We’re not calling Aon liars, or saying that Accolade’s payments to Aon create a conflict of interest for Aon’s consultants, or saying that Accolade chose Aon instead of the much less expensive and more credible Validation Institute, which backs its validations with a unique Credibility Guarantee, because they wanted Aon’s actuaries to fabricate savings. (The Validation Institute would have to pay out on a ton of Credibility Guarantees if they fabricated savings.)
Quite the contrary, we’re sure that Accolade wanted Aon to publish results that were completely on the level. That’s why they paid them so much money, to check and double-check their work.
Every single disease category
Even so, as we pore through Aon’s report, we can’t help but see some questions that you might want to ask, just out of idle curiosity. By way of background, Accolade is a care coordination/navigation company. If you have an issue, like whether something is covered (benefits questions being the majority of the incoming phone calls), you could call them. They might be helpful. Come to think of it, they are so helpful that — get ready — they save money in every single disease category:
Accolade seems to save substantial sums of money in mental categories — “mental anxiety” and “mental mood” (as opposed to physical anxiety and physical mood, I suppose) — because massive numbers of mentally anxious and mentally moody employees are apparently calling them.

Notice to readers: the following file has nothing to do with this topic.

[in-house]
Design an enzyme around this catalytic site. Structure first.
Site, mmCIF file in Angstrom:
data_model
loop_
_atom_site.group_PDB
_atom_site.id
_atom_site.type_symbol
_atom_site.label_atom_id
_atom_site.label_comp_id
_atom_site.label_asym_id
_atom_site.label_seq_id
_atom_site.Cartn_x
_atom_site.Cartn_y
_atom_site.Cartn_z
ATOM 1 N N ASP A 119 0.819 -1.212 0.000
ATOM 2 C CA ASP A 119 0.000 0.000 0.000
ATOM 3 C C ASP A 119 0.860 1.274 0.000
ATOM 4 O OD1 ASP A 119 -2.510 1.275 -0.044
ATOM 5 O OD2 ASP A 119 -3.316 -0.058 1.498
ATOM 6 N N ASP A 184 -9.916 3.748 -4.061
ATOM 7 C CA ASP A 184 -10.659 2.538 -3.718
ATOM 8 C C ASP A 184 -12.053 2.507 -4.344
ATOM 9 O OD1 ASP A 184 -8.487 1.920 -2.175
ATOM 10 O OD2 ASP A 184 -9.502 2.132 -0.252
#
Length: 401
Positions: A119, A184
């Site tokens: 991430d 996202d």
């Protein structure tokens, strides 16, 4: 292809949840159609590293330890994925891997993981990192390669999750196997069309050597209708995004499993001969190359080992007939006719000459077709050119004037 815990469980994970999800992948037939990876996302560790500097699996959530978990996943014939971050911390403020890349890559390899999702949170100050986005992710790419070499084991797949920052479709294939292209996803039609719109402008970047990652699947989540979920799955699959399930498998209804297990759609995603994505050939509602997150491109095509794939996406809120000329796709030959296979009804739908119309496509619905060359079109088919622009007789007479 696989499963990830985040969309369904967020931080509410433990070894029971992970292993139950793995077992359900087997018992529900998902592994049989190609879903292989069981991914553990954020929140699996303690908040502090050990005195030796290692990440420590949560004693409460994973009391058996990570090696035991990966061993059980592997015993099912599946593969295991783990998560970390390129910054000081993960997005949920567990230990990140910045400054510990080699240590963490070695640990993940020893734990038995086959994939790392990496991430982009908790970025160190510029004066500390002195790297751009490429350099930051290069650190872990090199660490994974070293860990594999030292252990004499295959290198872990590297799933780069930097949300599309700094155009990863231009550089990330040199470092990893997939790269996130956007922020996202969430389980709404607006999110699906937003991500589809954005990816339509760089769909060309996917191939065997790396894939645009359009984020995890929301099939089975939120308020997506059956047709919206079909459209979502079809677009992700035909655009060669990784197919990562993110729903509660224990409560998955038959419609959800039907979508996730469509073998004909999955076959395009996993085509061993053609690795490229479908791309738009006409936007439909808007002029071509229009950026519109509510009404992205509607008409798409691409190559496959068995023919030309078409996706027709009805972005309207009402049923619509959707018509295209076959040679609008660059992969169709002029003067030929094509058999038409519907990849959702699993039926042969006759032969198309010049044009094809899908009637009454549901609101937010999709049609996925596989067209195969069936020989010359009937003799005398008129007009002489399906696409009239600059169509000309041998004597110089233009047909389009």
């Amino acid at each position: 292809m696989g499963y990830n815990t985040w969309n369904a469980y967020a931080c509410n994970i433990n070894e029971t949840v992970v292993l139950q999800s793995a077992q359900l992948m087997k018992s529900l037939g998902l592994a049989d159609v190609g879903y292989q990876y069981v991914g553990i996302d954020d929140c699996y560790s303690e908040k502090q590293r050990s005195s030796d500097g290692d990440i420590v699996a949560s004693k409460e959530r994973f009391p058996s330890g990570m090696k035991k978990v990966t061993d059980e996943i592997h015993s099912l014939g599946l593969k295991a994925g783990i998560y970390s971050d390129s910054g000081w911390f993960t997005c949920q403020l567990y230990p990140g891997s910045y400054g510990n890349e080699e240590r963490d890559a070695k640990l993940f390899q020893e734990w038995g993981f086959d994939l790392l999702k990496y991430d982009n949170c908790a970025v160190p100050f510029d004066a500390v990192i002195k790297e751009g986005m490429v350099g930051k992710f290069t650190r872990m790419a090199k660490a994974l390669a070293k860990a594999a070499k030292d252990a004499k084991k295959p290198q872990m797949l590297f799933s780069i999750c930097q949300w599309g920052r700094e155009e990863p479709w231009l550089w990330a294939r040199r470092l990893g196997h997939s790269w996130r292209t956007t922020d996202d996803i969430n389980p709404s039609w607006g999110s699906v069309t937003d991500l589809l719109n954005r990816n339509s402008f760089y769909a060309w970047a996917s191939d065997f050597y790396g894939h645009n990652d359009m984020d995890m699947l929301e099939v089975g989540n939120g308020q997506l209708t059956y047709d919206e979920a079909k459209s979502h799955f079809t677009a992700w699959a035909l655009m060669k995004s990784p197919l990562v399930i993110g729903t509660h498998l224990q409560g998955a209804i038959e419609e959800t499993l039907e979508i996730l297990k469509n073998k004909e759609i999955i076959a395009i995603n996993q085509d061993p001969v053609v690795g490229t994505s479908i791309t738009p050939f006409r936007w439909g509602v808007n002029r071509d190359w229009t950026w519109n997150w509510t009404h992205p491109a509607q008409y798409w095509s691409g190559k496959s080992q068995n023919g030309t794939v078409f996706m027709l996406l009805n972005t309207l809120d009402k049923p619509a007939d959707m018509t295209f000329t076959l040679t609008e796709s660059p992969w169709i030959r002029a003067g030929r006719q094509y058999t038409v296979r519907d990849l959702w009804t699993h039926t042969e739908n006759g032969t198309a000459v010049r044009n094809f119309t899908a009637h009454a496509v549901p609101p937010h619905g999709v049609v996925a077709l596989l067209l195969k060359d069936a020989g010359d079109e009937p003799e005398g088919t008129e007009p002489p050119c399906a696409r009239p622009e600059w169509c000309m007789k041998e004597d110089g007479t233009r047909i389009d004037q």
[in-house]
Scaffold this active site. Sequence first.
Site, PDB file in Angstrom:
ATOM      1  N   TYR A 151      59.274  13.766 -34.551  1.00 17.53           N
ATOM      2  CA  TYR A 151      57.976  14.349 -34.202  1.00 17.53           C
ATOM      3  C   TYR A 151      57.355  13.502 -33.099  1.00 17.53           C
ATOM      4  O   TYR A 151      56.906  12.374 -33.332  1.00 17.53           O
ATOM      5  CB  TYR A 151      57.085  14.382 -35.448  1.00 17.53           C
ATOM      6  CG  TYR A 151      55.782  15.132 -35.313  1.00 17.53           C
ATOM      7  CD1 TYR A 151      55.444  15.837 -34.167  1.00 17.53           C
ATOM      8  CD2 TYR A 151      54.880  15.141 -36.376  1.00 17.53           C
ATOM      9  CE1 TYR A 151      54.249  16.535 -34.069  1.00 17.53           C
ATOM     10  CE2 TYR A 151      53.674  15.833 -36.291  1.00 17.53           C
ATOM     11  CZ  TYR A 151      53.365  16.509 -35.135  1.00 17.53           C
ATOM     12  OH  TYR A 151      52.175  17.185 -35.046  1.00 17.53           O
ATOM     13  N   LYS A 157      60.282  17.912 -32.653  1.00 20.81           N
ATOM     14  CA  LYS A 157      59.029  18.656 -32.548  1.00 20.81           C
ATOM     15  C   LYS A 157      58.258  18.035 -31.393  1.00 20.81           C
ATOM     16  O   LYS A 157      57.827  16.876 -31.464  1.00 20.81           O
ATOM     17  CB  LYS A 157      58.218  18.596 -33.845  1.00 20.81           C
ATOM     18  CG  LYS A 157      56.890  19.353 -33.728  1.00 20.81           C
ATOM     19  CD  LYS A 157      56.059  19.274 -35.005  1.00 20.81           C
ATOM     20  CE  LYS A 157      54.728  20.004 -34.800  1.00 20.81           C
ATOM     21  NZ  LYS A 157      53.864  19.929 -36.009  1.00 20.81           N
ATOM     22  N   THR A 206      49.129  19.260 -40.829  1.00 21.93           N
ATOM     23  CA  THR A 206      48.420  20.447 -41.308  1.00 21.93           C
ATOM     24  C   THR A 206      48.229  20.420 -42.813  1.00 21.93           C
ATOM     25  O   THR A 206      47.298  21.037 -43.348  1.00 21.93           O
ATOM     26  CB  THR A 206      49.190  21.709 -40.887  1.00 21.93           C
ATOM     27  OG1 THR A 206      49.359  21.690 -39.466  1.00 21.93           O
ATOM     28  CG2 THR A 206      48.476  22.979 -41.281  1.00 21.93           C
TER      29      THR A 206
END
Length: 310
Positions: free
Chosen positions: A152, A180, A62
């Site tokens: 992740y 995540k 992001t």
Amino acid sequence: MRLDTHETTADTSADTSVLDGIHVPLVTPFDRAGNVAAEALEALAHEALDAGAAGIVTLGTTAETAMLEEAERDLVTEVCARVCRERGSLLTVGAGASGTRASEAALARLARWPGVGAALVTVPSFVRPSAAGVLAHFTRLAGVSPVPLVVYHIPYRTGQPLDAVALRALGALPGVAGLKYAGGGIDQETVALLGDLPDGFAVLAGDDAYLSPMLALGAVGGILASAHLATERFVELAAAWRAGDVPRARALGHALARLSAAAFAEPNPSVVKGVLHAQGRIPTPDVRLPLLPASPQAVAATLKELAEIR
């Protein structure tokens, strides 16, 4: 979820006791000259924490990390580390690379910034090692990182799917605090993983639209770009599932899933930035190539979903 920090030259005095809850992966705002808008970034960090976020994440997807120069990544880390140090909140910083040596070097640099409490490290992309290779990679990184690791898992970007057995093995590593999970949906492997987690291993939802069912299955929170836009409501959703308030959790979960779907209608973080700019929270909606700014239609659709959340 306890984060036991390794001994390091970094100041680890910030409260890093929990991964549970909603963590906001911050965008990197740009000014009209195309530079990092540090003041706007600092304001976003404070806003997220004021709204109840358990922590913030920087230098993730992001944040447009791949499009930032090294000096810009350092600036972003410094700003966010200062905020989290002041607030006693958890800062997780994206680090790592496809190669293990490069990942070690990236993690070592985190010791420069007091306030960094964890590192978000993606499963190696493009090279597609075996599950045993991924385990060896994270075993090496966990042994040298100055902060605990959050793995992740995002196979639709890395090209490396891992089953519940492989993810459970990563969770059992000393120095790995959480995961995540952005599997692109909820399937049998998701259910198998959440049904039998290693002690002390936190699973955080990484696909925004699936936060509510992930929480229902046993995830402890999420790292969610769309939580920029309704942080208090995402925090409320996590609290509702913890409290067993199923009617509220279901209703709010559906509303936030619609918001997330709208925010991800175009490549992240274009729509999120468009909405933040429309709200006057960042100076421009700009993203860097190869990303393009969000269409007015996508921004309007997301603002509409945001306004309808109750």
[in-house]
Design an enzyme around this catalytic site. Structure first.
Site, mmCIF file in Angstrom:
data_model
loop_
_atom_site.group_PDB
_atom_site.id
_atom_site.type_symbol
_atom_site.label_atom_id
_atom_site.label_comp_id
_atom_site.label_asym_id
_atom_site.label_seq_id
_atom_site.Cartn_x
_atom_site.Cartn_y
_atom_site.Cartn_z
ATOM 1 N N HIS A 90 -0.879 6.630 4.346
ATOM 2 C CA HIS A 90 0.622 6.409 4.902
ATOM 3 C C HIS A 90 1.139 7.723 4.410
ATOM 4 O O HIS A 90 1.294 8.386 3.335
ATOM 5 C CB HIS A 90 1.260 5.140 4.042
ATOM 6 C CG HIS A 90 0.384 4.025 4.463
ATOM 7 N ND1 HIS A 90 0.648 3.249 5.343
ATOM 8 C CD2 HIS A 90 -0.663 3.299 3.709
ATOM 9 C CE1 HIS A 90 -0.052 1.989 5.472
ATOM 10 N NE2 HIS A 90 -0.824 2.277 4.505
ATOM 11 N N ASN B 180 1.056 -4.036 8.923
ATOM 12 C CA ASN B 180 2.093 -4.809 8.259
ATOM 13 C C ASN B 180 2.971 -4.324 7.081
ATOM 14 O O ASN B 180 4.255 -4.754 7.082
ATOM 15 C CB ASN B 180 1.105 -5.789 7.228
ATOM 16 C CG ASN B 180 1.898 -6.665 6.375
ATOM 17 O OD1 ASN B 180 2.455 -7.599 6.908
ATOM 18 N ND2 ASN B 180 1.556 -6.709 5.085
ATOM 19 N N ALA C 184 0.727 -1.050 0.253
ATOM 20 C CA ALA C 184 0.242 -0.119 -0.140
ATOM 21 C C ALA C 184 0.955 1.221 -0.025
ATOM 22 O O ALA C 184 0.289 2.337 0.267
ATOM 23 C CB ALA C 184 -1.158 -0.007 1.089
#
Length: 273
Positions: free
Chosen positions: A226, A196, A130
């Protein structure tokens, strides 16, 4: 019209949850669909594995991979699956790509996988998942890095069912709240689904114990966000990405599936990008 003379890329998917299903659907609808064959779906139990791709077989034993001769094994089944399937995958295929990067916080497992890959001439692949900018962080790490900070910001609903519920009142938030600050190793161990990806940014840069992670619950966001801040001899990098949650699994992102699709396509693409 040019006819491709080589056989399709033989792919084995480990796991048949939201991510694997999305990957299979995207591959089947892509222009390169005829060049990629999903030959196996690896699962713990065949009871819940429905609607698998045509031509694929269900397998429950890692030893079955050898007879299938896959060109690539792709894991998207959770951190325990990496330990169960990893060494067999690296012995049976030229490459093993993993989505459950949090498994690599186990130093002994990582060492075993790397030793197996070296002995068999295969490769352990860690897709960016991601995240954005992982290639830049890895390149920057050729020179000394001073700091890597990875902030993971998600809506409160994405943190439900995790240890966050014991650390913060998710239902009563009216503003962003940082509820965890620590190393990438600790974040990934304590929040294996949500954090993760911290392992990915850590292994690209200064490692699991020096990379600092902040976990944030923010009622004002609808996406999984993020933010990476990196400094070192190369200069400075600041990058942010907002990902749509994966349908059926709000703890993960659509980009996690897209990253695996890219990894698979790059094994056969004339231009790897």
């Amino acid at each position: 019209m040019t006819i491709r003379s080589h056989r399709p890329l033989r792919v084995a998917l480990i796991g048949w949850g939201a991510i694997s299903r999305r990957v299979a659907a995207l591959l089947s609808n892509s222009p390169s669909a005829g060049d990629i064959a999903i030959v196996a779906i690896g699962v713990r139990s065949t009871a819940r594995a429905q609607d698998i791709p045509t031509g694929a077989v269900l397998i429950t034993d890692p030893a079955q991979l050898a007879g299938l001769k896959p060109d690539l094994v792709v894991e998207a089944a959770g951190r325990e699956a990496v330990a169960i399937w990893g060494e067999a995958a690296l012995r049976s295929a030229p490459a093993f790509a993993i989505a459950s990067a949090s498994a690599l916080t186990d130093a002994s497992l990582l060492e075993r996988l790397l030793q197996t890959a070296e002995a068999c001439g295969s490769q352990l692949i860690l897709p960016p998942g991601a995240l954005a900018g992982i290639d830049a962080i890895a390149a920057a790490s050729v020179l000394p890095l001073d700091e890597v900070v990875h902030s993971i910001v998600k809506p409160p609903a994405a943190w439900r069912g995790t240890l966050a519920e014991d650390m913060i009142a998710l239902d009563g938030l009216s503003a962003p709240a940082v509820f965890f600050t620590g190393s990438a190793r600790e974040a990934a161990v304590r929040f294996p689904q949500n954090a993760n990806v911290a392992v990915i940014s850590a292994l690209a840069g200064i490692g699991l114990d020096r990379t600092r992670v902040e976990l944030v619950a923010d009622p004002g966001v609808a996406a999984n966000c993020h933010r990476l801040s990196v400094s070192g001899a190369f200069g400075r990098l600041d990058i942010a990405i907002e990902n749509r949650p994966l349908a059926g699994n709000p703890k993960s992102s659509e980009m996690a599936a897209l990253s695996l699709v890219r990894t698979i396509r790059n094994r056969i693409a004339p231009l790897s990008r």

Just suppose for a minute that you were mentally anxious or mentally moody? Would your first impulse would be to call a random number on the back of your insurance card and take a stranger’s advice to save your employer money? That course of action wouldn’t jump to my mind in that situation. But maybe that’s just me. So your question might be:
What do you tell these mentally anxious and mentally moody callers that saves all this money?
Maybe they advise these anxious and moody callers to stop spending money on therapists or meds, and instead just tell them to, respectively, calm down or cheer up. A few other categories might raise questions too, like: